Outlook 2017: East Asia

This is the first of a five-part series looking at the key events and issues facing the world in 2017. Today, The Straits Times looks at East Asia and the many challenges the region faces in the coming months.


China's uneasy path ahead

It will be a difficult and uncertain 2017 for China and President Xi Jinping, and it is not just because of the unpredictability of United States President-elect Donald Trump.


A building in Shanghai covered in posters of President Xi Jinping. To deal effectively with external uncertainties, China and Mr Xi will need to first address its internal troubles, says Prof Wang Gungwu of the East Asian Institute. PHOTO: REUTERS

Granted, the uneasy Taiwan Strait is made more volatile by Mr Trump's breaking with a decades-old tradition in speaking directly with Taiwanese President Tsai Ing-wen and then questioning the "one China" policy that has been the basis for China-US relations since the two sides normalised ties in 1979.

China regards Taiwan as a breakaway province to be reunited with the motherland, while Ms Tsai is independence-leaning.

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Japanese PM could be tripped up by Trump, economy


Mr Abe with Mr Trump in New York last month. Securing the President-elect's commitment to East Asia will be a key priority for Mr Abe. PHOTO: AGENCE FRANCE-PRESSE

Japan enters the new year amid uncertainties over the course of its alliance with the US.

Prime Minister Shinzo Abe will see it as his key priority to secure United States President-elect Donald Trump's commitment to East Asia.

That means maintaining the alliance with Japan and having a swift and determined joint response to any challenges, said research fellow Ippeita Nishida of the Sasakawa Peace Foundation.

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S. Korea in need of leader who can heal nation


A protester chanting during a general strike in Seoul last month calling for President Park to step down. PHOTO: REUTERS

South Korea, mired in a political scandal that triggered massive protests and President Park Geun Hye's impeachment by Parliament, is poised to elect a new head of state earlier than planned next year.

Several polling options have already been thrown up in media reports - March, May or August instead of the originally scheduled December - if the Constitutional Court now reviewing the case decides to uphold impeachment.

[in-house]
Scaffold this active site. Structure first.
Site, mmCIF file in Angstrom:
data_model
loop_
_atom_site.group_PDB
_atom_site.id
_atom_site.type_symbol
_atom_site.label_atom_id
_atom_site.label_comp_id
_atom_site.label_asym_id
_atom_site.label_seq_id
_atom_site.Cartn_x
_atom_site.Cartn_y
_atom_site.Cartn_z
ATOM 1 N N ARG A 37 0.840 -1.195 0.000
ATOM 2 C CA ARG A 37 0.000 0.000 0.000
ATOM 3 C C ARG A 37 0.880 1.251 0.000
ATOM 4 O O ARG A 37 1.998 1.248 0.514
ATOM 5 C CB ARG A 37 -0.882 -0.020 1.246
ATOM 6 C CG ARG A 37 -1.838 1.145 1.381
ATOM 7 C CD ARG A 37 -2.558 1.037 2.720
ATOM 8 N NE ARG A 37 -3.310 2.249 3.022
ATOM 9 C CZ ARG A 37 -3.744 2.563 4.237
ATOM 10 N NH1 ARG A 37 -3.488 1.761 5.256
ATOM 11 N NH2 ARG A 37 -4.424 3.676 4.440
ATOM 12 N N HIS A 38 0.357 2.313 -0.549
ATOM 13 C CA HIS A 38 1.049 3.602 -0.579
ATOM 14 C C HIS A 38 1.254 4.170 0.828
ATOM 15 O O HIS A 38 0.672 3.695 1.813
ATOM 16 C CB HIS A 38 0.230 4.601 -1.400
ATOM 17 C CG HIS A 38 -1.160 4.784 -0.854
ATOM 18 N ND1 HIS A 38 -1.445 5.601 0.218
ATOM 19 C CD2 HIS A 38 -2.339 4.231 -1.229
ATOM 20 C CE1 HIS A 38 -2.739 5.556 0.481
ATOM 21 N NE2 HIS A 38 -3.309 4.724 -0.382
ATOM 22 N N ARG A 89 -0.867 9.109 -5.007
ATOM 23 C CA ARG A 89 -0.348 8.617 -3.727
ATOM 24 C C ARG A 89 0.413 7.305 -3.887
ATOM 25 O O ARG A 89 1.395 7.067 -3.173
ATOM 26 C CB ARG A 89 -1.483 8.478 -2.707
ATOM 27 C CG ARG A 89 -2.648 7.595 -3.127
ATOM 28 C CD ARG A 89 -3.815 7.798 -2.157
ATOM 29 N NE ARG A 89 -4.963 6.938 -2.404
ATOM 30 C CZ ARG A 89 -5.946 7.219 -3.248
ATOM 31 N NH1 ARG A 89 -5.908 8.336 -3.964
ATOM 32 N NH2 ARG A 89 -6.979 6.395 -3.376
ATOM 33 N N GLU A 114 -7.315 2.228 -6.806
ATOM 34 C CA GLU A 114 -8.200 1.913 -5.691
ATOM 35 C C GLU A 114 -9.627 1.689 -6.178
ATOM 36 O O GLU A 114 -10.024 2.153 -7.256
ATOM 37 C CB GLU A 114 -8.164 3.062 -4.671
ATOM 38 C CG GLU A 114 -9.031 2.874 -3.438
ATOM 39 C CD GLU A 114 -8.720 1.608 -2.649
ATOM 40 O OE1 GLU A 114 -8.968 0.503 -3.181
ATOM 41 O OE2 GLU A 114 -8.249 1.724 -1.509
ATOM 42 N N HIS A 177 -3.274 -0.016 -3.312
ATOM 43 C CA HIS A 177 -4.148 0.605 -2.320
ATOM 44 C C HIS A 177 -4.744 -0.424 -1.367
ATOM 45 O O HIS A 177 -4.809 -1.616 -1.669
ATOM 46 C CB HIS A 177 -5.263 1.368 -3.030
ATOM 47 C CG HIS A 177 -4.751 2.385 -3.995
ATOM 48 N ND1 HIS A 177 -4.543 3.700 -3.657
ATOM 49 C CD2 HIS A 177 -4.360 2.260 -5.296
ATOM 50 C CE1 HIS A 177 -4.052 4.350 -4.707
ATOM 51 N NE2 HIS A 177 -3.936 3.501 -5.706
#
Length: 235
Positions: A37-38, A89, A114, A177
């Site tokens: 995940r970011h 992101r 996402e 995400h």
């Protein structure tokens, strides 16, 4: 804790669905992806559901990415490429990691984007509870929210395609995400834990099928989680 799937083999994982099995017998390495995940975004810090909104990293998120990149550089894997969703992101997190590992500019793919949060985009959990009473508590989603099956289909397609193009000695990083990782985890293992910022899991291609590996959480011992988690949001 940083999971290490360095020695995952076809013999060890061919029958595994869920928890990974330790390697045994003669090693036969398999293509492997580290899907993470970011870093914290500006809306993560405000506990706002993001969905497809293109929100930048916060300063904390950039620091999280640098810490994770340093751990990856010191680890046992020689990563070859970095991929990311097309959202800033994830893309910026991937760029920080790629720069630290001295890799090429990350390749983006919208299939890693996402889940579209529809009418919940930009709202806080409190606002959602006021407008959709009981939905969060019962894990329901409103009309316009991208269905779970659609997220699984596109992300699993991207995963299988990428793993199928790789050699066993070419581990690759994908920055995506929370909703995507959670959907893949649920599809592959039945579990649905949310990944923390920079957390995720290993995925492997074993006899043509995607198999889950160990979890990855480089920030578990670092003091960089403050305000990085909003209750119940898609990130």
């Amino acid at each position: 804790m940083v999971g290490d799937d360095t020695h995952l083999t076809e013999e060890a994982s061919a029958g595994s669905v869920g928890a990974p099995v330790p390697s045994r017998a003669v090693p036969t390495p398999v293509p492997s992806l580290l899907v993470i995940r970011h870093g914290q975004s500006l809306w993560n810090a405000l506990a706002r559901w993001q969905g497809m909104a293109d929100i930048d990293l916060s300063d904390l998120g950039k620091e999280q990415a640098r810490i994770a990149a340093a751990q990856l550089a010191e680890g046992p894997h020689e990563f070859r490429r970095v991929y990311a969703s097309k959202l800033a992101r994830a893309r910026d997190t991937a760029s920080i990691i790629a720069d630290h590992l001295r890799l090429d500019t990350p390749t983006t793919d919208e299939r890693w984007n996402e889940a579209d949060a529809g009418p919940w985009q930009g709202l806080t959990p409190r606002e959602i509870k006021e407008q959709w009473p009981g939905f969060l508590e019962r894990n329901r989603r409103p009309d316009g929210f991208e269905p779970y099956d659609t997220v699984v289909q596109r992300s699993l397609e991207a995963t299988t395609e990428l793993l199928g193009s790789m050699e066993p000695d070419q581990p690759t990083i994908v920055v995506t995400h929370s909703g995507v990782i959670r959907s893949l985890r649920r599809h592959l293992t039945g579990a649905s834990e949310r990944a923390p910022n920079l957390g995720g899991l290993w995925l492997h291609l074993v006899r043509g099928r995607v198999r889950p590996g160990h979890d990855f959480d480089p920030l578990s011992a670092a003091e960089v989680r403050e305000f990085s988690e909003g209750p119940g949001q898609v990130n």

A decision must be made before June 6, and if the court supports impeachment as widely expected, the next presidential election will be held within 60 days.

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Tough challenges await new HK Chief Executive


A road block set up by demonstrators near the China liaison office during a protest last month against Beijing's intervention in local politics.PHOTO: REUTERS

It will mark its 20th anniversary as a Special Administrative Region of China next year.

The new year will also see a new Chief Executive being picked to lead the semi-autonomous city.

The leadership of Mr Leung Chun Ying has been controversial, and his administration has been plagued by pro-democracy protests, including the 79-day Umbrella Revolution in 2014 and the Mongkok riot this year. The most recent came last month, when 4,000 demonstrators clashed with police outside the China liaison office in protest over Beijing's handing down of its ruling on an oath-taking row involving pro-democracy and pro-independence legislators.

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Taiwan leader faces major tests on foreign, home fronts


Ms Tsai must deal with rising tensions with China, while facing growing discontent among politicians and voters at home, among other things. PHOTO: REUTERS

Nearly a year after her euphoric election victory, President Tsai Ing-wen is facing sobering times ahead.

Since she took office in May, she has faced one crisis after another.

One major challenge is cross-strait relations, which turned chilly after Ms Tsai, 59, did not acknowledge the 1992 Consensus in her inauguration speech. It is a tacit agreement that there is only one China, with each side having its own interpretation of what that means.

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